Speaking of visuals, the graphics are absolutely stunning. Obviously, Tetsuya Nomura and the KH team are working at the bleeding edge of current-gen character design. Both the characters and the environments make a seamless transition from 2D to 3D, to the point that you may forget that you are watching polygons moving. You can also visit some new worlds based on successful movies like Mulan, The Lion King, Steamboat Willie (!), Pirates of the Carribean (!!), and Tron (!!!). I have to restrain my enthusiasm a little, but I will admit that the jaw-dropping Port Royal looks just like it did in the movie, with awesome lip-synch and animations. I mean, just look at how the drunkard Captain Sparrow walks and talks. Like the visuals, the sound is also beautifully executed. Most of the actors from the first game have made the cut as well as some of the actors from the movies the worlds are based on. Even if they didn't make the cut, though, they are so good, that you won't even recognize that they came from some Sunday night sitcom. Simply put, the production values are absolutely stunning and push the PS2 to new boundaries, as you can see when you have to fight 1000 (yes, 1000) Heartless at the same time.
While I absolutely love this game, there are a few minor problems that I would have liked to seen fixed. The camera control has finally gone to the right analog stick, which makes it more fluid, but sometimes it gets a little wonky, especially during a heated battle. But the camera is still better than the original. The Little Mermaid world is nice, but the rhythm sequences require absolutely NO rhythm at all. Another problem that I found is that to completely enjoy the story, you need prior knowledge of the previous games in the series, especially the Game Boy Advance game Chain of Memories. Sure, there are some flashback sequences every now and then, but sometimes the pacing is a little off every now and then.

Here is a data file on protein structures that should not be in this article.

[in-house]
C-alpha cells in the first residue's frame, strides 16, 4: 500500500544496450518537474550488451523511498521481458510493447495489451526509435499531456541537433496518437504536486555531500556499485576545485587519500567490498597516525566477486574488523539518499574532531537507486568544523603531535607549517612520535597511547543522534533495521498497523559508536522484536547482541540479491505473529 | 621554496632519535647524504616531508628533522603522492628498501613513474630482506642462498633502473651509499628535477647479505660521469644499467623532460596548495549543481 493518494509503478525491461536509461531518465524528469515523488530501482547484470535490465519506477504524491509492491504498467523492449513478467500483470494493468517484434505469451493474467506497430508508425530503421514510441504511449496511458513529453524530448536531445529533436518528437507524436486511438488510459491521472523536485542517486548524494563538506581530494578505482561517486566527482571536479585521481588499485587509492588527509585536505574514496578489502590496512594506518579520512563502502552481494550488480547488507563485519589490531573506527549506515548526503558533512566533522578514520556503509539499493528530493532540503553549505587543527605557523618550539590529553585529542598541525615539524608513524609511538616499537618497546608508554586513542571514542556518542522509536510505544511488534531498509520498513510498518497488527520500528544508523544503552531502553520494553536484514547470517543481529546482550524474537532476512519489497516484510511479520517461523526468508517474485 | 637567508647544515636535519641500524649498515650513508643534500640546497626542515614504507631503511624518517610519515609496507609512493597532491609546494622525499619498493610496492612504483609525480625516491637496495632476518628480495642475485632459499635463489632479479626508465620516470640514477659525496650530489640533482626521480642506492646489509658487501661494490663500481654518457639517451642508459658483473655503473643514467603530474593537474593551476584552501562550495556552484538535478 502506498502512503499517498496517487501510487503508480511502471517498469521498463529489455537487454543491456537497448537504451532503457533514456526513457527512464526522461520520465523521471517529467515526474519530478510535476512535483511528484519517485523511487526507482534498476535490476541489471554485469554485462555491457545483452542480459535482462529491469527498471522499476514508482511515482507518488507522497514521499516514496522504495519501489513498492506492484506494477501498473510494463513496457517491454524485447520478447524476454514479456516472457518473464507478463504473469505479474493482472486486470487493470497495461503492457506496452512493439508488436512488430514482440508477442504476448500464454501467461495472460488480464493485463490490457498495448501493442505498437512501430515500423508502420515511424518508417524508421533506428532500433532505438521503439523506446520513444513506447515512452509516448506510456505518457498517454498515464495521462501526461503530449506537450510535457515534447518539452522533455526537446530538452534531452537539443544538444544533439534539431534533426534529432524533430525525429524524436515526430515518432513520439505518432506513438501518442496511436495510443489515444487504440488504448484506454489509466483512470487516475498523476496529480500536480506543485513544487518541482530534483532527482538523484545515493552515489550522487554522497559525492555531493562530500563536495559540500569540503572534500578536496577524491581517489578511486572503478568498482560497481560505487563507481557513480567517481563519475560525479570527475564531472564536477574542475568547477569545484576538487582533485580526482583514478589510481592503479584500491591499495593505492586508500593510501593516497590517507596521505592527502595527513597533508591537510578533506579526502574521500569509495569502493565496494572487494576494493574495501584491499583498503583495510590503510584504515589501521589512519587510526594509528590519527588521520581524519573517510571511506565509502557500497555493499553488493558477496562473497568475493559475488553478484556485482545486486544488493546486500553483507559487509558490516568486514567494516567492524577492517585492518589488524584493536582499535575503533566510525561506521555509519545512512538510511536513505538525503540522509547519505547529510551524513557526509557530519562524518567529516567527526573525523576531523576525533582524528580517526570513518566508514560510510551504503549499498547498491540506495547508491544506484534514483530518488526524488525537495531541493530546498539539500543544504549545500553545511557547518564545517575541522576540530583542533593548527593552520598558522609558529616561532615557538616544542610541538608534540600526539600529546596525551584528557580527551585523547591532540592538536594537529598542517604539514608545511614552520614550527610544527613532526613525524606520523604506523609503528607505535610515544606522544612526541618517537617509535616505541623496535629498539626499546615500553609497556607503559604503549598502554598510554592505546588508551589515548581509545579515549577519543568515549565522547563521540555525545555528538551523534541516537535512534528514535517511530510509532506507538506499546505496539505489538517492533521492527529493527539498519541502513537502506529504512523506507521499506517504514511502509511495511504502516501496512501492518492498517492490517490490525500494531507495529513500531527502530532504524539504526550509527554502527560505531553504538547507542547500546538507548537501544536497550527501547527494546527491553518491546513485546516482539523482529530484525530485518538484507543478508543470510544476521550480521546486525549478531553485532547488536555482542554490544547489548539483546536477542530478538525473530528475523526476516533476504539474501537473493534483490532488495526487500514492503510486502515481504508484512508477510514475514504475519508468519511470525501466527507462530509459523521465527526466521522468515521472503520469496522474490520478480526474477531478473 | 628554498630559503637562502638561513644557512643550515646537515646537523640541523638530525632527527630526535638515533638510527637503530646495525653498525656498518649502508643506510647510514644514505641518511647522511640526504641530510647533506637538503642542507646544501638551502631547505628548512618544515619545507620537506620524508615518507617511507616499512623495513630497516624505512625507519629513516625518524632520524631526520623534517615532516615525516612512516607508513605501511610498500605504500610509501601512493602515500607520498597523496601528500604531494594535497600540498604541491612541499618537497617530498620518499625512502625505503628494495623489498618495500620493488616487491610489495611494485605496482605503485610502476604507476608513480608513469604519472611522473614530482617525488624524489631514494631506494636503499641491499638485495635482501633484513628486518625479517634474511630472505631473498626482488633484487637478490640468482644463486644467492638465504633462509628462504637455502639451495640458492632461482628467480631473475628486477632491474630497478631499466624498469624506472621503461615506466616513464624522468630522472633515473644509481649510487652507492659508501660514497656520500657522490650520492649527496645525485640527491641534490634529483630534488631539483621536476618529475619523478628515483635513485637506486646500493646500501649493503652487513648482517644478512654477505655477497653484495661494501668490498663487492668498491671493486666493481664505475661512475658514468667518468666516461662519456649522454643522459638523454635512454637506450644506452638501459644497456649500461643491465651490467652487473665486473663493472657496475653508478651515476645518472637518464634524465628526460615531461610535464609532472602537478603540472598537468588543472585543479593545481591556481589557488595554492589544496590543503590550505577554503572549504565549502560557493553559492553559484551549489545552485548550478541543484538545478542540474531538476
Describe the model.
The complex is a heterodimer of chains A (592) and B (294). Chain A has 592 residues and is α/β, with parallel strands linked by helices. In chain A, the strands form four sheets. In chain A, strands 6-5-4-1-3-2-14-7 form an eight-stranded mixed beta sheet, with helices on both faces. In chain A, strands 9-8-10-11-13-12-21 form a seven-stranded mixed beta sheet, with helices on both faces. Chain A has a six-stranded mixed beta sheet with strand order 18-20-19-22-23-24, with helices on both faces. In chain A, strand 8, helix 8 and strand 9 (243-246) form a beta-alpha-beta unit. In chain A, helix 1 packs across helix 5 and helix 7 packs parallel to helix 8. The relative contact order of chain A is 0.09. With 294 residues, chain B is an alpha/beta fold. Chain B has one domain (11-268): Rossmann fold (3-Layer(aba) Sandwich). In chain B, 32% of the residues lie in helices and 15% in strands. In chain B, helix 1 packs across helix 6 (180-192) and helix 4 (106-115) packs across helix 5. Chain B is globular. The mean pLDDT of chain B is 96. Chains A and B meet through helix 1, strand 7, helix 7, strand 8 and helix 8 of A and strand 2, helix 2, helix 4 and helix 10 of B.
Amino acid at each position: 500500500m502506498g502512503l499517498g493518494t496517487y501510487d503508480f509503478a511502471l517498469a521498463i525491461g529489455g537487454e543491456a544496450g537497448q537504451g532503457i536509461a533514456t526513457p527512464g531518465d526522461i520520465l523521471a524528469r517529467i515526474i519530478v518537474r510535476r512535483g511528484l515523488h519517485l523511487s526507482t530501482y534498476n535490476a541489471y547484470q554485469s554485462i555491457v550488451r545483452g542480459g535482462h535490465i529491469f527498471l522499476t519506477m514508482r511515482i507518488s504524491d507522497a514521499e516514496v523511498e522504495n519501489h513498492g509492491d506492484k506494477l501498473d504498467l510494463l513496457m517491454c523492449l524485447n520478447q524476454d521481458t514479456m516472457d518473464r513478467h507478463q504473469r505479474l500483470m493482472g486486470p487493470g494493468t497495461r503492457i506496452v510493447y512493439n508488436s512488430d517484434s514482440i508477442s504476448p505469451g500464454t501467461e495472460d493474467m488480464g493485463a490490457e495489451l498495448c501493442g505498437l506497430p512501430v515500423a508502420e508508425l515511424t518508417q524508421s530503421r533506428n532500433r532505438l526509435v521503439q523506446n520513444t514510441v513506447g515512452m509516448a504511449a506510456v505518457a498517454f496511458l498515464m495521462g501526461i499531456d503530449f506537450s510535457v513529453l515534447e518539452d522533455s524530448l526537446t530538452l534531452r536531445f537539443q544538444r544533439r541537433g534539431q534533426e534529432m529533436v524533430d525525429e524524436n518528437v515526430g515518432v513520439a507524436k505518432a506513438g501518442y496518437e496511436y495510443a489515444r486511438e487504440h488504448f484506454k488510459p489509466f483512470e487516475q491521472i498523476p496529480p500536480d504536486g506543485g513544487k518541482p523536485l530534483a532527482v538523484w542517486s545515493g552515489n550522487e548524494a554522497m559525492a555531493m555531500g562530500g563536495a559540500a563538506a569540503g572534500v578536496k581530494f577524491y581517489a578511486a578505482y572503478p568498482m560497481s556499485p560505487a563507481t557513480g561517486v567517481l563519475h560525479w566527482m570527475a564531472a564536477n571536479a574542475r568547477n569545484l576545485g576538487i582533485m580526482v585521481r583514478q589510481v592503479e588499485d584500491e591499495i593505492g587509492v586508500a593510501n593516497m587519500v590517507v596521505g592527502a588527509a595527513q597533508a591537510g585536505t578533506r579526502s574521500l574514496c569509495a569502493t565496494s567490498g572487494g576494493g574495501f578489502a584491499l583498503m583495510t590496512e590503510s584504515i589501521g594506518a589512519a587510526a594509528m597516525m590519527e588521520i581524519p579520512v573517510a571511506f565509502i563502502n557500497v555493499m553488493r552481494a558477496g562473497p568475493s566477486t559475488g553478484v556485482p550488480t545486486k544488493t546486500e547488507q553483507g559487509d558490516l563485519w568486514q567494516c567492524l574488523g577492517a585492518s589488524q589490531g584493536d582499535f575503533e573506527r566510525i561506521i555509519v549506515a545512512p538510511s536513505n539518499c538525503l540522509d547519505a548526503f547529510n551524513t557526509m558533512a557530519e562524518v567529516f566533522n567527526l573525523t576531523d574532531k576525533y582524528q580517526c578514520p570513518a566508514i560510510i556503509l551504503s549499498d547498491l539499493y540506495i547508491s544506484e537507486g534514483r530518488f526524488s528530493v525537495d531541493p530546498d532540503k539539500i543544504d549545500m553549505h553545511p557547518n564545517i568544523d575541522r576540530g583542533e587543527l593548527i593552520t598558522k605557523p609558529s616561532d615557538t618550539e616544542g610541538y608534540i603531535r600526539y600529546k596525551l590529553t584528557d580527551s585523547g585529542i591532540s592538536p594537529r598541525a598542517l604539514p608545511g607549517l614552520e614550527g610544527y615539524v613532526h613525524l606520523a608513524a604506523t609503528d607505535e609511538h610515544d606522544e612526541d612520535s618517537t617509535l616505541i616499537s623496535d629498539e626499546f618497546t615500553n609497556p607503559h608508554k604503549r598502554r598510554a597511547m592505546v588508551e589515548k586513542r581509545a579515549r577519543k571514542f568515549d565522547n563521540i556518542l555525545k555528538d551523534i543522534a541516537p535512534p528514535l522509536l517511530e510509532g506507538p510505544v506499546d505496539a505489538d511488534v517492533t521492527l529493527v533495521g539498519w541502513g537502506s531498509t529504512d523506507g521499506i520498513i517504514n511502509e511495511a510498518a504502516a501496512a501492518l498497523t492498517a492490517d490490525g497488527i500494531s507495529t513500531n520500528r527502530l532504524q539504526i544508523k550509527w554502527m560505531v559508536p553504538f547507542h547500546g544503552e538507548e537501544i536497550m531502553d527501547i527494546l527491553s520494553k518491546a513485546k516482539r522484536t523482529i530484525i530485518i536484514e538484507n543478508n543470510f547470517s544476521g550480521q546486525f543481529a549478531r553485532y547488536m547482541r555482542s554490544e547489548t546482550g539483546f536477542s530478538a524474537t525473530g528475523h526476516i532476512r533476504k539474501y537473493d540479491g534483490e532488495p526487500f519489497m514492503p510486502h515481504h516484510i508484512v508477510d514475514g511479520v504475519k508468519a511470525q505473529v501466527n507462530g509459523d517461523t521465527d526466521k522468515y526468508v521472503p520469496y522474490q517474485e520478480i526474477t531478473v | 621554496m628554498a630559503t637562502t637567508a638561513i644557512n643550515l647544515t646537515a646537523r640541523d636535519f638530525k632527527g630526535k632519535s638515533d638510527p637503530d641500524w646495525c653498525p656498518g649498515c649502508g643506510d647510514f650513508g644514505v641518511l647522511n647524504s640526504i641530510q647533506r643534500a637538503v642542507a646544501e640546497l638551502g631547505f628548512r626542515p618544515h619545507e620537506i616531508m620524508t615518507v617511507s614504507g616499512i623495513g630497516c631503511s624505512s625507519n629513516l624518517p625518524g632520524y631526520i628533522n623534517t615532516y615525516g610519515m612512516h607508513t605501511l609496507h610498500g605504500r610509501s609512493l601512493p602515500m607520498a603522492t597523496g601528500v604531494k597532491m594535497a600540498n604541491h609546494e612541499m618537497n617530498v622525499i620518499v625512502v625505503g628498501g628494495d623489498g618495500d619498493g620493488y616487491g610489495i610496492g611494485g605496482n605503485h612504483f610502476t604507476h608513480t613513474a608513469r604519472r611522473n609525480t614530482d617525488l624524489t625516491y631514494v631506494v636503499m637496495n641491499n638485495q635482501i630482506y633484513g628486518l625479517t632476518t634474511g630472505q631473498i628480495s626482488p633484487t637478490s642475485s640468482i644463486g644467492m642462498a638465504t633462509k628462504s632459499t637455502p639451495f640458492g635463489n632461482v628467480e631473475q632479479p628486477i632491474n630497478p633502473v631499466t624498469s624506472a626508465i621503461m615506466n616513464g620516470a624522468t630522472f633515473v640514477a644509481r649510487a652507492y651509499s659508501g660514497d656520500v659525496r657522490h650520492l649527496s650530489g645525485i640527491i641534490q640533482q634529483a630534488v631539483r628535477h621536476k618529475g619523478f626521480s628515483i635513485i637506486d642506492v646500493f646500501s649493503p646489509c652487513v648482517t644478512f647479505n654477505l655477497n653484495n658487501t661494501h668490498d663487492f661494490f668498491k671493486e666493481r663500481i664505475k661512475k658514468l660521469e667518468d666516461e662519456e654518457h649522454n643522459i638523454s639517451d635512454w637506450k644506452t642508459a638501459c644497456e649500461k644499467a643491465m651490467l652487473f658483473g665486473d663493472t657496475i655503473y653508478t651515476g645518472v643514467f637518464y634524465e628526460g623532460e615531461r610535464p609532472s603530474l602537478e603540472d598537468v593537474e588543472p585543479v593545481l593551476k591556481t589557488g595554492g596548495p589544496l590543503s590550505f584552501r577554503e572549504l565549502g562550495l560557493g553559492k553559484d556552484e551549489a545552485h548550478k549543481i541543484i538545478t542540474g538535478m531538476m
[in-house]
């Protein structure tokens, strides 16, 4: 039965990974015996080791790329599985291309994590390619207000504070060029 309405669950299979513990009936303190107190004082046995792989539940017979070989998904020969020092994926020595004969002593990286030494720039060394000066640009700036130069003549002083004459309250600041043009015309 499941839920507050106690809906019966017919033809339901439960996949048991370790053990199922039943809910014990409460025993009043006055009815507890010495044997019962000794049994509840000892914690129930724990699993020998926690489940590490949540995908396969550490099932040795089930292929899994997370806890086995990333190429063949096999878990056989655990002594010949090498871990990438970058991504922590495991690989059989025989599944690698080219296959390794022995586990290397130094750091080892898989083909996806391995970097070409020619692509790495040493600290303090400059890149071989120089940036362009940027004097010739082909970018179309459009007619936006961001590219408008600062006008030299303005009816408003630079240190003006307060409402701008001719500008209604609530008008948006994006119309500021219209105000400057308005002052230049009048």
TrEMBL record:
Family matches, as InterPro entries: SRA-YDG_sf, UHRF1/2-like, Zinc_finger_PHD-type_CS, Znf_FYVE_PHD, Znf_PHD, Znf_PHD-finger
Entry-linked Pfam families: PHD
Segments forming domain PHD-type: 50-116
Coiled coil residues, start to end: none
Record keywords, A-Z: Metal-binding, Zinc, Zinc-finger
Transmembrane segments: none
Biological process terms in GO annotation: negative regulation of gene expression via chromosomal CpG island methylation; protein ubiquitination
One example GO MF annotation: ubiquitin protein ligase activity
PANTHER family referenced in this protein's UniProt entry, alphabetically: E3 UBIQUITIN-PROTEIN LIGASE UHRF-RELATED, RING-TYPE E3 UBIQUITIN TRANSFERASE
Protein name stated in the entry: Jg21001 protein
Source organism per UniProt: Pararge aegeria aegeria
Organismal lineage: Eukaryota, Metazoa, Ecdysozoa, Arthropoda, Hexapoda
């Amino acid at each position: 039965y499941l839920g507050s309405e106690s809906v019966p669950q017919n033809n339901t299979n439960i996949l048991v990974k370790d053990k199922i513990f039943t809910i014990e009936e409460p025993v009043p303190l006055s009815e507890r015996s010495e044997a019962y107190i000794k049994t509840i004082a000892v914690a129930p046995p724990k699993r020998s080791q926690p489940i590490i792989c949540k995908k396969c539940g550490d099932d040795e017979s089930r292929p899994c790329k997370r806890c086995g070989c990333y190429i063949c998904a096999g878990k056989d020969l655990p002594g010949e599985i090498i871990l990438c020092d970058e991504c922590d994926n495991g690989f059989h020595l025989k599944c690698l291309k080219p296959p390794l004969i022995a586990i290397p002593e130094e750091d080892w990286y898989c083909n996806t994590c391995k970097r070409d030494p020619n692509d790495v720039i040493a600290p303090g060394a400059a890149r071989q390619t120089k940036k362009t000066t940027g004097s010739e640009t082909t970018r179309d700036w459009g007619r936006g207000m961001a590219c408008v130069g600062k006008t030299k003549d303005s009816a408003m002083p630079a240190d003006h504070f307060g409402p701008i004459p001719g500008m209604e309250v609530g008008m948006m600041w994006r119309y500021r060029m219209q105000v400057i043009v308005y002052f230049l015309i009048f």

But Kingdom Hearts II is so fun that these minor complaints don't keep it from being a great game at all. 10 years from now, people will think that Kingdom Hearts II is to the PS2 what Ocarina of Time was to the N64: a powerhouse and instant classic in every way. The story is much darker this time around, including a scene where many will say "Oh my god! How could they let Disney do this?!" moments before the 1000 Heartless battle. The camera is much more tameable than the L2/R2 configuration. The Gummi Ships, which I barely talked about, go from a derivitave Star Fox rip-off to a Panzer Dragoon inspired shooter. But most importantly, Kingdom Hearts II raises the bar for PS2 games everywhere. Many people thought that, like 2D animation, the PS2 would just die a quick and quiet death right after the release of the PS3. But especially when there are people like Hayao Miyazaki who raise the bar for 2D animation, there are people like Hideo Kojima and now Tetsuya Nomura that prove that the PS2 is far from dead. If this is what you make from the PS2's supposed death bed, then we won't need the PS3 for quite some time now. Now how do I beat that damned Sephiroth?! (Player: OMG! HAXORZ! Enemy: LOL! PWNAGE!)